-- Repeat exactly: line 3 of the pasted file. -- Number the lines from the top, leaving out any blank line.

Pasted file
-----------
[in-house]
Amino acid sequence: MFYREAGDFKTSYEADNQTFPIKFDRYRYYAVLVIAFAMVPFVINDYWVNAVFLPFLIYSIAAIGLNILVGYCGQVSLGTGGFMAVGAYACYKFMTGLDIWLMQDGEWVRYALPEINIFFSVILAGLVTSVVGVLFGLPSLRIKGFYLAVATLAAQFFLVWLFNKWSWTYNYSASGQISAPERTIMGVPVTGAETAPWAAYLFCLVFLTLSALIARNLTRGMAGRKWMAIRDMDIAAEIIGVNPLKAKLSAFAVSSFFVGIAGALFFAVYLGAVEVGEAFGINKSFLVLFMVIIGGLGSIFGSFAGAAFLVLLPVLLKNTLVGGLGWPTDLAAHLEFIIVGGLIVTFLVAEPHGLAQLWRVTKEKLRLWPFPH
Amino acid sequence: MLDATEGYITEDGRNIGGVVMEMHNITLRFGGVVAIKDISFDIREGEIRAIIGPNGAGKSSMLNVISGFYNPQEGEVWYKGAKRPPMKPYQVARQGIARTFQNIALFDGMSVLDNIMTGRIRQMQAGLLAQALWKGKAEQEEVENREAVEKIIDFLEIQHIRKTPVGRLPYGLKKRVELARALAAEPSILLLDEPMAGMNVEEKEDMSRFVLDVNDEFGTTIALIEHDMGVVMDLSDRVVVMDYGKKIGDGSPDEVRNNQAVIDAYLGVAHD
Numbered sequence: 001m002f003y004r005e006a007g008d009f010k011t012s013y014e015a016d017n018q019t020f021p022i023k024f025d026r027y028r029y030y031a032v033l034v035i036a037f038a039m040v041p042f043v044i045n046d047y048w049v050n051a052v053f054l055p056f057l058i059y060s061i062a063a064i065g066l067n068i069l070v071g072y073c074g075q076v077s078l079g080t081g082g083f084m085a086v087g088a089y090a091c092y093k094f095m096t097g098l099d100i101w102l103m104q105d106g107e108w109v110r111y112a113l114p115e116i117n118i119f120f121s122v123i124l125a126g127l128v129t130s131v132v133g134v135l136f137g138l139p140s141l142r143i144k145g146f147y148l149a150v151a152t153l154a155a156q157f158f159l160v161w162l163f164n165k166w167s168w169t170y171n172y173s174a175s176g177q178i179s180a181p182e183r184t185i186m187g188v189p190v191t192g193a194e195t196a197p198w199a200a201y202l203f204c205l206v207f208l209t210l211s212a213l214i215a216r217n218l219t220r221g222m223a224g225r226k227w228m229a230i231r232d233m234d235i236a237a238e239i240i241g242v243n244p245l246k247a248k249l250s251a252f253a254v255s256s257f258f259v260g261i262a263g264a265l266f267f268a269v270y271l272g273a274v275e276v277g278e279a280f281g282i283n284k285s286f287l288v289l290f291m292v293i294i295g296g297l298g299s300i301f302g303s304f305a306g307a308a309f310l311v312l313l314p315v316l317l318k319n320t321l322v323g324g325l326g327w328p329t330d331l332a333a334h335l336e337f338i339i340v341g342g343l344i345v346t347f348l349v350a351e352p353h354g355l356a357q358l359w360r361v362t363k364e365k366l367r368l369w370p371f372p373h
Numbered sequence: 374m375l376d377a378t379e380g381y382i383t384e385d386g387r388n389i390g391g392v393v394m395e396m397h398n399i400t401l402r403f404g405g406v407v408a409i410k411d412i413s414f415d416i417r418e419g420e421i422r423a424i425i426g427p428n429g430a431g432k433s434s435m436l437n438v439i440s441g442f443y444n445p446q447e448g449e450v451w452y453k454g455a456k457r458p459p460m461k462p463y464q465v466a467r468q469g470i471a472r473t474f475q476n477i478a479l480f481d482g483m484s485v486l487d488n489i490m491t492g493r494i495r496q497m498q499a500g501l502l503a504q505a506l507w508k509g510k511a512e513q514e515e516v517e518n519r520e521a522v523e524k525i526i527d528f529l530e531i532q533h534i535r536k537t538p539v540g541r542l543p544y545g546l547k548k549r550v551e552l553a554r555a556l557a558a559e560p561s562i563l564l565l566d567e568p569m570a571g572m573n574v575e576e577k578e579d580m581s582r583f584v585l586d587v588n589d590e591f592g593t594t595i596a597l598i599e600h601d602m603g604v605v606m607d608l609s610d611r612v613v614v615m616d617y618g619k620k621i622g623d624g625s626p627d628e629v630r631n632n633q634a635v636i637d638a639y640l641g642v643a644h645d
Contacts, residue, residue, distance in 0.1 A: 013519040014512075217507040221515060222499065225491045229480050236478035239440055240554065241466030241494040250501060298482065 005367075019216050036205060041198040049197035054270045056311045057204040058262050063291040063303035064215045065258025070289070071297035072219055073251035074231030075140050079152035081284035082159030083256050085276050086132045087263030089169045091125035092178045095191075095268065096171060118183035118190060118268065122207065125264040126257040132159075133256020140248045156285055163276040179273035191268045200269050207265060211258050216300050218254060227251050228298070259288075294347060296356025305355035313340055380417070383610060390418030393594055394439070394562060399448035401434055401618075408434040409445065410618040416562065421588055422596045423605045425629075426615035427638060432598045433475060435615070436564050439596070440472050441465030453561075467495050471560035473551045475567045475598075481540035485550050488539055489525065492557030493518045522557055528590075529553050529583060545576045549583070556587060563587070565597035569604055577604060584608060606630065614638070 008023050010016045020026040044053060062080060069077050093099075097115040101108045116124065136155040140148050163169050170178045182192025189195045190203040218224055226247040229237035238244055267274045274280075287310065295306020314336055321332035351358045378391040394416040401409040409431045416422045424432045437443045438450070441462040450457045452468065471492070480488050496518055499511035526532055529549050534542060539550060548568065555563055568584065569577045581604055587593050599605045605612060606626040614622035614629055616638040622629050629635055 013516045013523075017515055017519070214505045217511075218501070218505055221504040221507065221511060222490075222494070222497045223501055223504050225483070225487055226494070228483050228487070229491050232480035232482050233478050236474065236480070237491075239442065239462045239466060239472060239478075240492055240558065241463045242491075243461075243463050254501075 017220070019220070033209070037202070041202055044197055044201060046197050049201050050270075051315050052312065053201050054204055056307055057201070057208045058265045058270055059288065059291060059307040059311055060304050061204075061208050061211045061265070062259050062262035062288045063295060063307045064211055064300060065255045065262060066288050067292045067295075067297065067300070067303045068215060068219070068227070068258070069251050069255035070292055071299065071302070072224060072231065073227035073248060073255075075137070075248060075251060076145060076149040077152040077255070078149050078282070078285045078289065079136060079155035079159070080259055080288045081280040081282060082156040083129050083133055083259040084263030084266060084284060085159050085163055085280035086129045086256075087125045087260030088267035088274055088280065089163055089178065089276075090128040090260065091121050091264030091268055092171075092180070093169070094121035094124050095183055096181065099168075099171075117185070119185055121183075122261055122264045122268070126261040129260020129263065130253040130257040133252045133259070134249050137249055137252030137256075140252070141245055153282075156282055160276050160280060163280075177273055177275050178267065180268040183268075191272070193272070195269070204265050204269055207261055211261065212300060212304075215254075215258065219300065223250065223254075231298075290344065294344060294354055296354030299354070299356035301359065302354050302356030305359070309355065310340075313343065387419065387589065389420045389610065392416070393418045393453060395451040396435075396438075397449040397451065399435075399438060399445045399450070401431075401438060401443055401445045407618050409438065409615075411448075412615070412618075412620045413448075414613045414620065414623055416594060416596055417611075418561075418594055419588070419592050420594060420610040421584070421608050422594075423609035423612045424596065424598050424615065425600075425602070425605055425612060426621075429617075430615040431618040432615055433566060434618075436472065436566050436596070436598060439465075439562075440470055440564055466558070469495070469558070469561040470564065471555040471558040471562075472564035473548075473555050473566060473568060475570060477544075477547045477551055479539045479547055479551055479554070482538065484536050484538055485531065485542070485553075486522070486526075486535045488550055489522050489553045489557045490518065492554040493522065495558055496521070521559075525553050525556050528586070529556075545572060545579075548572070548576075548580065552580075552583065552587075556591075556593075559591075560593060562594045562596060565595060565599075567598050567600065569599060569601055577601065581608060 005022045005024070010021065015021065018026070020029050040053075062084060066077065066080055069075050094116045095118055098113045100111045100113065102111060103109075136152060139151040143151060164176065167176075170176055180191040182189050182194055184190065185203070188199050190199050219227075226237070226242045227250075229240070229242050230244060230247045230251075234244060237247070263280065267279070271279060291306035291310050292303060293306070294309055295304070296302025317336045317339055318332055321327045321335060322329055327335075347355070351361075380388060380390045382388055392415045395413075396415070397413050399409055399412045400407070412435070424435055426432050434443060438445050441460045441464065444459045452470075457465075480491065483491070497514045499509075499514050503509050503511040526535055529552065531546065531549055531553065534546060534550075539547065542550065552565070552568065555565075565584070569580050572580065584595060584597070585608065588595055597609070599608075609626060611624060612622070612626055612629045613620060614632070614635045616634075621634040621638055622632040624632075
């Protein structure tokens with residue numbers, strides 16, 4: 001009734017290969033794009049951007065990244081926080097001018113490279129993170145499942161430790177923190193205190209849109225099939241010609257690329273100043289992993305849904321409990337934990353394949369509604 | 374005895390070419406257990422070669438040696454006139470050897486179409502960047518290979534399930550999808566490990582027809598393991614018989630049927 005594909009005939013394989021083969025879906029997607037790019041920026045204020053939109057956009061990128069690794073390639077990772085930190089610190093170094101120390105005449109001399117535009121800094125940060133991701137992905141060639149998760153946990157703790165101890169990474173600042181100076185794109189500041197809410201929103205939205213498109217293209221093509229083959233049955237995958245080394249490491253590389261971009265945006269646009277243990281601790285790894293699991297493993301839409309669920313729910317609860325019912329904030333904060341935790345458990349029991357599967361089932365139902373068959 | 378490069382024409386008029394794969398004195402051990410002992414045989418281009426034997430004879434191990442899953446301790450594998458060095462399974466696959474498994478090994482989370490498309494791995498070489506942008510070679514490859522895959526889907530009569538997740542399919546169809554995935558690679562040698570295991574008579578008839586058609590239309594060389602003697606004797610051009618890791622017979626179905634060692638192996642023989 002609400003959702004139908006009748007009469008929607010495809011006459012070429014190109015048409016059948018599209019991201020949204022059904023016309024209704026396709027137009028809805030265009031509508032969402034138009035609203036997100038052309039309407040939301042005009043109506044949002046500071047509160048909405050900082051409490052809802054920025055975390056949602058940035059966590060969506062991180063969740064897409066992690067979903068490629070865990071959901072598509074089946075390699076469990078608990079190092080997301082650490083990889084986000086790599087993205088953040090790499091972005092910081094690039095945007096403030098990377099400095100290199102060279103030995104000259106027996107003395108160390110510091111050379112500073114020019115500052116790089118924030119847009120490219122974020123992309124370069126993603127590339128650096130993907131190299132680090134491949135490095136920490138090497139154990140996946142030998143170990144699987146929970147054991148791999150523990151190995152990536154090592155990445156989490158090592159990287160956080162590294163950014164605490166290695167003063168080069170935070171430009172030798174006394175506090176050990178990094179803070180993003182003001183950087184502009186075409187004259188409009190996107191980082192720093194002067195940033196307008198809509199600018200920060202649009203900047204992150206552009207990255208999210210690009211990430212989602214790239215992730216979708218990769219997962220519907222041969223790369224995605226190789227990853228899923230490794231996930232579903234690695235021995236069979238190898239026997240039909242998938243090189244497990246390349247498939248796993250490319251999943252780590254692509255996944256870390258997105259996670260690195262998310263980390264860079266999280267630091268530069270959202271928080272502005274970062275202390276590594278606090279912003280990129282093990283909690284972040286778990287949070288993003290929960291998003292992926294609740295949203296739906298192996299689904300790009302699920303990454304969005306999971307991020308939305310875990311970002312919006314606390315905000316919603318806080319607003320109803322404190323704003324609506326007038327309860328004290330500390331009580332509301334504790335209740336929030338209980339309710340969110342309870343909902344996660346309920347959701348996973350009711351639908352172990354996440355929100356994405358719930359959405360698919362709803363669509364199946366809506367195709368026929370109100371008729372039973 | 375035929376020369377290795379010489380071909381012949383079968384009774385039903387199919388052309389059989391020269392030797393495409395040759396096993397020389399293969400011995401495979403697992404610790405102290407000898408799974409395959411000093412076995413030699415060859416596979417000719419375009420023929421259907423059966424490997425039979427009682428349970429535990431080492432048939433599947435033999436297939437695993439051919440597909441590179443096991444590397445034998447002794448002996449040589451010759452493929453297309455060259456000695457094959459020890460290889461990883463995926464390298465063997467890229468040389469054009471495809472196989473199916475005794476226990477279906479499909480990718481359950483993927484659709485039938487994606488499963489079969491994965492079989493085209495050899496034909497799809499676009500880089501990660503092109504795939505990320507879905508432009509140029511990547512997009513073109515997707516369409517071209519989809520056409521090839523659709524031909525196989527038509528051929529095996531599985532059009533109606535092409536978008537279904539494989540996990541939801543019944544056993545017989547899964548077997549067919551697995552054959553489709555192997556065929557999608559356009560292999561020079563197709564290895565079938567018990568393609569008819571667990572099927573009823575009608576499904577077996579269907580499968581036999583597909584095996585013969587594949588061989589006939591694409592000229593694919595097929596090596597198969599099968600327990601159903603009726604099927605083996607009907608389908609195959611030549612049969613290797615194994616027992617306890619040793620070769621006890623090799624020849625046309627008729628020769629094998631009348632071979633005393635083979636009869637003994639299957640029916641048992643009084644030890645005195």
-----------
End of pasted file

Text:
Amino acid sequence: MLDATEGYITEDGRNIGGVVMEMHNITLRFGGVVAIKDISFDIREGEIRAIIGPNGAGKSSMLNVISGFYNPQEGEVWYKGAKRPPMKPYQVARQGIARTFQNIALFDGMSVLDNIMTGRIRQMQAGLLAQALWKGKAEQEEVENREAVEKIIDFLEIQHIRKTPVGRLPYGLKKRVELARALAAEPSILLLDEPMAGMNVEEKEDMSRFVLDVNDEFGTTIALIEHDMGVVMDLSDRVVVMDYGKKIGDGSPDEVRNNQAVIDAYLGVAHD